EdenPalmsMurderfront  Today's guest on Tuesdays with Friends is Dorothy Francis. Dorothy is a teacher and a musician from Iowa by way of Kansas and California. She's the author of 74 children and adult books and has no plans to stop writing any time soon. Visit Dorothy on her website and join Kdblog as Dorothy's shares with us her first steps into the world of publishing. Thanks Dorothy for being a Tuesday Friend.


One September many years ago school was starting WITHOUT ME.  I was no longer a student.  Or a teacher.  I was about to become a stay-at-home mom.  Only such women weren’t called that in those days.  Housewife was the word.  My husband had recently been discharged from the army and we were lucky that he had a teaching job. So far he had no paycheck.  This fateful day I’m writing about, he was at school and I went to the only place I could afford—the public library.

 I picked up a magazine from a reading table. “The Writer.” I’d never seen this magazine before and I glanced at the articles telling would-be writers how to write.  I’d never considered writing until I read an article concerning Richard Armor.  I recognized that name because my parents for years had subscribed to “The Saturday Evening Post,” “The Wall Street Journal,” The American Magazine.”  I’d grown up reading humorous quatrains by Richard Armor.

 And today in the public library, I learned that people GOT PAID for writing this kind of light verse.  Hmm, I thought.  I can do that.  I won’t say I memorized that article, but I read it very carefully and I copied down the market listings that the article mentioned. That night after supper I started writing.

  “What are you doing?”  My husband asked.

  “Writing a poem,” I replied.

  He sighed. “As soon as I get a paycheck, we’ll buy a TV.”


 TVs were in their early stages of availability, and although I was impressed with his promise, I continued writing my quatrain.

 We did own a typewriter, so I typed my quatrain double spaced.  That was one of the rules I gleaned from “The Writer.”  Write on only one side of the page didn’t apply to my situation.

 So I mailed the quatrain in to “The American Legion Magazine.”  In a short time (really, that’s true—a short time), I received an acceptance letter and a check for $10.  I thought that was the way the writing world worked.  You sent something in and soon you received a check.  No getting half of the $10 upon signing a contract.  No waiting until publication to get the other half of the $10.

 I hurried to the bank and cashed that check before someone changed their mind. My husband’s comment was “hmmmm.  Better write them another one.”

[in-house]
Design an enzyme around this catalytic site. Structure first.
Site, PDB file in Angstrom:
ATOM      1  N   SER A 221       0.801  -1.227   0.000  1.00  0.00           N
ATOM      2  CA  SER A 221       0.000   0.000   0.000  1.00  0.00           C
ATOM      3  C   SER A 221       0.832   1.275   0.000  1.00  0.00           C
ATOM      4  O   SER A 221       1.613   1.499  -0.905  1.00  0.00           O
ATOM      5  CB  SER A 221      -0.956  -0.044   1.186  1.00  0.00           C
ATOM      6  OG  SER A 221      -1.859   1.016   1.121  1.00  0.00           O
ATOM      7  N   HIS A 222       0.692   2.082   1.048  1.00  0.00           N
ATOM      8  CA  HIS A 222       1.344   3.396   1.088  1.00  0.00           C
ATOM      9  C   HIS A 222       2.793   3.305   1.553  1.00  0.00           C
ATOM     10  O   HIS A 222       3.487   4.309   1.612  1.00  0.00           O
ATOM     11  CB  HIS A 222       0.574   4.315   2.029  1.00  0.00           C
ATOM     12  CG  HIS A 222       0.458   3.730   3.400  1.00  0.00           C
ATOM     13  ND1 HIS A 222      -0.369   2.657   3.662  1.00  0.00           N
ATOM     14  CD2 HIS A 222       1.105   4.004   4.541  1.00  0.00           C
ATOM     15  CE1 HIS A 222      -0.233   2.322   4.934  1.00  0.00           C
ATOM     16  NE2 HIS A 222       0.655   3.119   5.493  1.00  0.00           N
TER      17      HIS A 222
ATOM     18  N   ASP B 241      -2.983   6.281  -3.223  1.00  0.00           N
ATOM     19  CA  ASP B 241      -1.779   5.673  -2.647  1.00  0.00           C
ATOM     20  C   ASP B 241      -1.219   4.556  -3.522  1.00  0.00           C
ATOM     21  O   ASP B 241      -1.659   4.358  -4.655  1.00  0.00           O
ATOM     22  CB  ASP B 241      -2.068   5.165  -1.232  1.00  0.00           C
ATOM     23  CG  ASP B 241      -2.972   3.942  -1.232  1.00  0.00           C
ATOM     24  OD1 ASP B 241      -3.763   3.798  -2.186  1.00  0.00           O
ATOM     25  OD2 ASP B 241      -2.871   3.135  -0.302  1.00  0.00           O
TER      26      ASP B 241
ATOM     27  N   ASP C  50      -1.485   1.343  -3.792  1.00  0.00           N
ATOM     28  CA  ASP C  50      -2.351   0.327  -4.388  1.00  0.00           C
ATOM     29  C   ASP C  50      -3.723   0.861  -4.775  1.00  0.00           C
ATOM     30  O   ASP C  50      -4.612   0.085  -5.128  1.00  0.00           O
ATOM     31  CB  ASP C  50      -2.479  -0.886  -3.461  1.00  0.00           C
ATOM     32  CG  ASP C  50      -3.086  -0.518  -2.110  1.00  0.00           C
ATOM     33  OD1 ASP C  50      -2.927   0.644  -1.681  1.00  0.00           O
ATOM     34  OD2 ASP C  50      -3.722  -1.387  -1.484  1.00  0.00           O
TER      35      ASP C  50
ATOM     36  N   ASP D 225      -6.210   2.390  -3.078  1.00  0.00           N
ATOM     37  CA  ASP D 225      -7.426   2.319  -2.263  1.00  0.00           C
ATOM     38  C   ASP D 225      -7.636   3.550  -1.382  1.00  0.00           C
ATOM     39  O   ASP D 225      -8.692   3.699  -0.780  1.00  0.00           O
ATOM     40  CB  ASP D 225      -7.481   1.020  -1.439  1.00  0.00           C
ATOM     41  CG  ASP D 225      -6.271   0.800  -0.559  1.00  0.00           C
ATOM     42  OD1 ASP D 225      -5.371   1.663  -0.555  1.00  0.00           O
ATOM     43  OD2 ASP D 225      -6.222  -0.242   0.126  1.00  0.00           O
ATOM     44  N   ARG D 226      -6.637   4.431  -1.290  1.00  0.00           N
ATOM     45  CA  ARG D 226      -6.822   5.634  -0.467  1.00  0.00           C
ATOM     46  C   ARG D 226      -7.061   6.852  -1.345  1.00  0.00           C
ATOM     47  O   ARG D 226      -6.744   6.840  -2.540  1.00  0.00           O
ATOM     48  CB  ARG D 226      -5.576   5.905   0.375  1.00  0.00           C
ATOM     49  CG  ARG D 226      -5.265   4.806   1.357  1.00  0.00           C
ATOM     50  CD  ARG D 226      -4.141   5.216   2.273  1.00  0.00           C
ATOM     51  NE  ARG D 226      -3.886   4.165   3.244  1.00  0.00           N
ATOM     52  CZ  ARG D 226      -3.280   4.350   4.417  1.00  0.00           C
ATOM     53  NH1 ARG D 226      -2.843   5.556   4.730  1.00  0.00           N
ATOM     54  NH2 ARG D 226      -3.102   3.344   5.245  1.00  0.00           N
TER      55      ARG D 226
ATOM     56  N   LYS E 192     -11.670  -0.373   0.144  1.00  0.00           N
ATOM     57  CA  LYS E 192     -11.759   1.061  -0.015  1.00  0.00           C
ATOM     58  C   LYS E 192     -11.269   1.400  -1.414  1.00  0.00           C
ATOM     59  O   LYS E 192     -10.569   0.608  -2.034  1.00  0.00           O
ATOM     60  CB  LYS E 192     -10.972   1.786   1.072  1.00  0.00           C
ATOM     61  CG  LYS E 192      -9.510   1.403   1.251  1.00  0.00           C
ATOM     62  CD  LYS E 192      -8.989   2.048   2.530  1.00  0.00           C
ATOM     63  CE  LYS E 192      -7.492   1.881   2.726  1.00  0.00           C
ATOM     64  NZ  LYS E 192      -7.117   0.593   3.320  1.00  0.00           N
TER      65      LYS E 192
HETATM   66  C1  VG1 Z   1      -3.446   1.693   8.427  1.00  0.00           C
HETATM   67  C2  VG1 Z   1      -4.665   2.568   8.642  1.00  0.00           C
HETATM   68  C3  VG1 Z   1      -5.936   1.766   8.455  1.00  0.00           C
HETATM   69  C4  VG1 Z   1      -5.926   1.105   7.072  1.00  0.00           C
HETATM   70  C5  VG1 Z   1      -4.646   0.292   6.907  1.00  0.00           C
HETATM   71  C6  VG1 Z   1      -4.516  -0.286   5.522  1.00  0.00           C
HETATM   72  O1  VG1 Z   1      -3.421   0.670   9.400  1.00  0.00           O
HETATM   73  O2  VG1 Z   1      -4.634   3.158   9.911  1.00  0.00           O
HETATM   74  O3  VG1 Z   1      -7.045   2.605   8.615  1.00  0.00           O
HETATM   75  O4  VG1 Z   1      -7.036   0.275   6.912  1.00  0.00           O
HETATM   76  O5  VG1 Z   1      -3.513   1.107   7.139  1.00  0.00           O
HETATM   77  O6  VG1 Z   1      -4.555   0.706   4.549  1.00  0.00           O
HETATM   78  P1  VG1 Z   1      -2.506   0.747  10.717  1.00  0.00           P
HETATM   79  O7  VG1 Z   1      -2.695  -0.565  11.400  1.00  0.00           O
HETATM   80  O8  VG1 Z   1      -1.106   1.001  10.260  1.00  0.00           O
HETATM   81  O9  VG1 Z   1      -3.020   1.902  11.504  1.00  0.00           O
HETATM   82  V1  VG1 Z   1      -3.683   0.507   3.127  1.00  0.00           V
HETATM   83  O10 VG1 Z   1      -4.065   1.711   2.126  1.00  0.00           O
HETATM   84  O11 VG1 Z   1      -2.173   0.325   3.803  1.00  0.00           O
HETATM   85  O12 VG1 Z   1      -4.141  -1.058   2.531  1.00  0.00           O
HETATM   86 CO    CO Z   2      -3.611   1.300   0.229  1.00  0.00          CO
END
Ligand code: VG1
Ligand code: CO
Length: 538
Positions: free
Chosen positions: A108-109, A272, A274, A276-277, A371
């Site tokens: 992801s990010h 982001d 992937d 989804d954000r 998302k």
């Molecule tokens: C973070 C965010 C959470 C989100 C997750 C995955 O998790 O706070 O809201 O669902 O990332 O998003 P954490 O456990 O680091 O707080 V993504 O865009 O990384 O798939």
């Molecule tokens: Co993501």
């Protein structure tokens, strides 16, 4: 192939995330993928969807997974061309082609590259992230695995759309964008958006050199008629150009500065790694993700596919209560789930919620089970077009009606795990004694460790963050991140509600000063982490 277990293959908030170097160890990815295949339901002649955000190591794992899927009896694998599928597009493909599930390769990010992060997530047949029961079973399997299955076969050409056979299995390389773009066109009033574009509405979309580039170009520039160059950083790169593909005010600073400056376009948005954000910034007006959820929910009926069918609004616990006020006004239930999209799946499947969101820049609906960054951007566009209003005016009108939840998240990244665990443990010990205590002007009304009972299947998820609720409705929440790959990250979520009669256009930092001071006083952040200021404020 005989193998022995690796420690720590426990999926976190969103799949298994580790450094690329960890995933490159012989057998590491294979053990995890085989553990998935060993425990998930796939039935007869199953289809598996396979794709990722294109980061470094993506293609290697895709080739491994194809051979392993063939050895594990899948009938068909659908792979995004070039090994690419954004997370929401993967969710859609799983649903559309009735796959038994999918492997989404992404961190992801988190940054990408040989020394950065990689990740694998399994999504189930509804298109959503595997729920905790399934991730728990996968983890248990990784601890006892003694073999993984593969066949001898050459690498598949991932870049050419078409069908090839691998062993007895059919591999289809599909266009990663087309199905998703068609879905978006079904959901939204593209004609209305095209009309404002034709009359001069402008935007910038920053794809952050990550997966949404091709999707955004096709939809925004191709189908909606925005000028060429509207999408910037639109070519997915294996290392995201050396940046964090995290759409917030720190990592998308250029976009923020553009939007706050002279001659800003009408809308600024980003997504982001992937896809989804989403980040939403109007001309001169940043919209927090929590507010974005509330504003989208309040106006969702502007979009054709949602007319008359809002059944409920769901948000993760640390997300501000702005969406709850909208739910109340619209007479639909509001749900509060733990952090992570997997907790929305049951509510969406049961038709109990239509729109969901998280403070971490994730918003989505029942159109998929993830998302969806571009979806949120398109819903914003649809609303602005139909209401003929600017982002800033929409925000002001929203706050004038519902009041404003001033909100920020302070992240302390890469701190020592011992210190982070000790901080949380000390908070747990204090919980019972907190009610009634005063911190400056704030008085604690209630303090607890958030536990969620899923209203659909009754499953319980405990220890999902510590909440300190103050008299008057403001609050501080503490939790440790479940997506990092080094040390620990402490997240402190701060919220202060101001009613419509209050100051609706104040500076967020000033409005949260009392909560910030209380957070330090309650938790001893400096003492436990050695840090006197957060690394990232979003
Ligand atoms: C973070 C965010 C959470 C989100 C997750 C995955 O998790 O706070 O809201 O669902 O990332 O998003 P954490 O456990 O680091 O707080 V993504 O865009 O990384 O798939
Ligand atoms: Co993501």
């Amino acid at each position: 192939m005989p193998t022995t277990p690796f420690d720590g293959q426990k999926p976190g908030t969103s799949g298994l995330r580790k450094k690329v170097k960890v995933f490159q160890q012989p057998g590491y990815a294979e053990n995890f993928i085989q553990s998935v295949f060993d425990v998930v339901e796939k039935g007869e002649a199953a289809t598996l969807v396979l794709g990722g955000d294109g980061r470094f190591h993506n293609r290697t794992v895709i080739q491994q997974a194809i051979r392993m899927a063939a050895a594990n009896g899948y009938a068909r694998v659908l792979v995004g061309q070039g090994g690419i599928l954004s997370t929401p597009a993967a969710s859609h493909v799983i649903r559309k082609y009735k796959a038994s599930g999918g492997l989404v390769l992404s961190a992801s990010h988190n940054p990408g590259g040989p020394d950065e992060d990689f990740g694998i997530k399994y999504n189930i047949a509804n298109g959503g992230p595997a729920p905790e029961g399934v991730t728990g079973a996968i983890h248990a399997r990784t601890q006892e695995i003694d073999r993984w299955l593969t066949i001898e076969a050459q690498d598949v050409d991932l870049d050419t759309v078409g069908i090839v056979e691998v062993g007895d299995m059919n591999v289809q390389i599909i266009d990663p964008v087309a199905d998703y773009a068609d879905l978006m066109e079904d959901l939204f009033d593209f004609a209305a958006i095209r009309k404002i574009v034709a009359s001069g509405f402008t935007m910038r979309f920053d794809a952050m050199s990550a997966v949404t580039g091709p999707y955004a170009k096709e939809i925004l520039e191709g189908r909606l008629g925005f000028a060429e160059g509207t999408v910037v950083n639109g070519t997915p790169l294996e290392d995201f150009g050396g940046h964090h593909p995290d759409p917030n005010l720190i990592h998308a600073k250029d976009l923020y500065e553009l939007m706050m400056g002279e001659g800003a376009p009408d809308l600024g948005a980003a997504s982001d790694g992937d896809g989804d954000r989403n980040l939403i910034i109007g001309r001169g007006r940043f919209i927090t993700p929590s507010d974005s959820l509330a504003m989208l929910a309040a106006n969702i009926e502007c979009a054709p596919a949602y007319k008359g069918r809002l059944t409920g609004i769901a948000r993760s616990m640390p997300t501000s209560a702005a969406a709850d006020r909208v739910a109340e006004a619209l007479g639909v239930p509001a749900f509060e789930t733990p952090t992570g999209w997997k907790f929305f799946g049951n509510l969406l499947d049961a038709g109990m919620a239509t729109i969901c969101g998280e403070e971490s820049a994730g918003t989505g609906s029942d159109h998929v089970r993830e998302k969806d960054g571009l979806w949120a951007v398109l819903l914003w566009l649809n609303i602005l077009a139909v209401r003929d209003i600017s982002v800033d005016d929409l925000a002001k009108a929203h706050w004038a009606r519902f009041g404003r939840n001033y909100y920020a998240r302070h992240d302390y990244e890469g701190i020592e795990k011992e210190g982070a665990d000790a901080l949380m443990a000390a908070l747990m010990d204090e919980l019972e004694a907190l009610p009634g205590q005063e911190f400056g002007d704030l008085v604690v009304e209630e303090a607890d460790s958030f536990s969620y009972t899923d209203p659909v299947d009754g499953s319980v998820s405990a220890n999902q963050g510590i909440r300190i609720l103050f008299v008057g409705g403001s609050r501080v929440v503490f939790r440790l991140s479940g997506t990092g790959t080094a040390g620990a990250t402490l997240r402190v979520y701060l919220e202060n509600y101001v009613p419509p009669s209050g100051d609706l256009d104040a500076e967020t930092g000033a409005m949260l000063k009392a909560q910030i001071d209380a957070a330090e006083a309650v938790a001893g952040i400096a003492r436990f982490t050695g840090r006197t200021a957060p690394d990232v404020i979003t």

And so I did.  But although I never received another $10 for just 4 lines, I did receive $5 for 4 lines from “The Wall Street Journal.”  When I told my dad, he said, “Hmmm.”  Don’t think he believed me until I clipped one of my WSJ quatrains out and showed it to him.  He said, “Hmmm.”  Don’t think he’d ever bothered to read the “Pepper and Salt” column.

 Lack of family interest didn’t dissuade me. I continued writing, gave up quatrains as I took tenuous steps into children’s short stories for Sunday school papers, and then took a major step into book publishing.  But that’s another story.

 Please let me add that the writing world had changed since I began back in the 1950s.  So far, I’ve never received total payment for anything upon signing the contract.  And now my author’s handbook tells me to promote my own books.  The author of that handbook had never met my mother who said, “Dorothy, you never need to brag.  It’s unbecoming.  It’s an embarrassment.  If you’ve done something wonderful, people will notice without your telling them.”  I hope Mother never learns that I PAID for a website to call attention to the wonders of my writing.

But that, too, is another story.


The Fruit of My Organic Labor

I have a garden. It's beautiful. I had a wonderful time building it, deciding what to plant in it and watching it grow while dreaming of eating succulent vegetables that I grew myself.

Here are pictures of my hard work.


    IMG_0058  IMG_0059

 I don't know why this one is so small. Sorry

 Now the results of all that hard work and a shot of my gardening partner, Luna.

IMG_0097  IMG_0098

An now BEHOLD the fruit of my organic labor...The Mighty Bean 


Yes, one green bean. Anyone have a recipe that calls for one fresh green bean?



Visit me at The Stiletto Gang

Susan McBride is interviewing me today at The Stiletto Gang. Come on over and see if I spill any secrets.


It's Aliiiiiive!!!


 At  long last, Murder at Timber Bridge is here. If you've got a minute, check out the first chapter on my website, or download a sample from Smashwords or Amazon. If you like what you read, and decide to purchase a copy, drop me a line. I'd love to hear from you. If you're are holding out for the print version, hang tight, it will be available in a couple of weeks. You can purchase from Amazon, Barnes and Noble, or if you'd like a signed copy, drop by my store. I'll be happy to sign one and mail it to you.